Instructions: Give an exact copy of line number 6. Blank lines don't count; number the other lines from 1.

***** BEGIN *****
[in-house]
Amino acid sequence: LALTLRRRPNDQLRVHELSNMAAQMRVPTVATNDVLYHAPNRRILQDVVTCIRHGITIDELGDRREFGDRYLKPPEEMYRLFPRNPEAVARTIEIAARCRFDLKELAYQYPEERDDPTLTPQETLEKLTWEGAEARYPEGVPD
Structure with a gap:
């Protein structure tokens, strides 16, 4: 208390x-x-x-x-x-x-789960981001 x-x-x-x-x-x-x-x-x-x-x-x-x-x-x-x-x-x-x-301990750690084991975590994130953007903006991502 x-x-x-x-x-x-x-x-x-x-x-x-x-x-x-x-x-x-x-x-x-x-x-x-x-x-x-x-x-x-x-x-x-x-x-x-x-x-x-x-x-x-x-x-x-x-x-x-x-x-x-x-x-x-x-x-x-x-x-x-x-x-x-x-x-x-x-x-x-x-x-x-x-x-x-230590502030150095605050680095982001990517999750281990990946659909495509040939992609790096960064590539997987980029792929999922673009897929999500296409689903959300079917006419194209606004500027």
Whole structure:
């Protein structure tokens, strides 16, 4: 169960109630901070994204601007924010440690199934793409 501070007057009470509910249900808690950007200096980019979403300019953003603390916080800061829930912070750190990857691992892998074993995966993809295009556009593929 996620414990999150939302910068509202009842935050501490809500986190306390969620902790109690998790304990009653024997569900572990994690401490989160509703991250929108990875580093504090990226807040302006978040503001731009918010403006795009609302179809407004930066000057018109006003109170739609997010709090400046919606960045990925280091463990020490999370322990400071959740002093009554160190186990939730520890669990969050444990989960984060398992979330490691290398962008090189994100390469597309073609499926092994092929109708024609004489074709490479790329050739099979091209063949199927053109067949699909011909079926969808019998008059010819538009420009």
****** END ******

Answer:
């Protein structure tokens, strides 16, 4: 169960109630901070994204601007924010440690199934793409 501070007057009470509910249900808690950007200096980019979403300019953003603390916080800061829930912070750190990857691992892998074993995966993809295009556009593929 996620414990999150939302910068509202009842935050501490809500986190306390969620902790109690998790304990009653024997569900572990994690401490989160509703991250929108990875580093504090990226807040302006978040503001731009918010403006795009609302179809407004930066000057018109006003109170739609997010709090400046919606960045990925280091463990020490999370322990400071959740002093009554160190186990939730520890669990969050444990989960984060398992979330490691290398962008090189994100390469597309073609499926092994092929109708024609004489074709490479790329050739099979091209063949199927053109067949699909011909079926969808019998008059010819538009420009």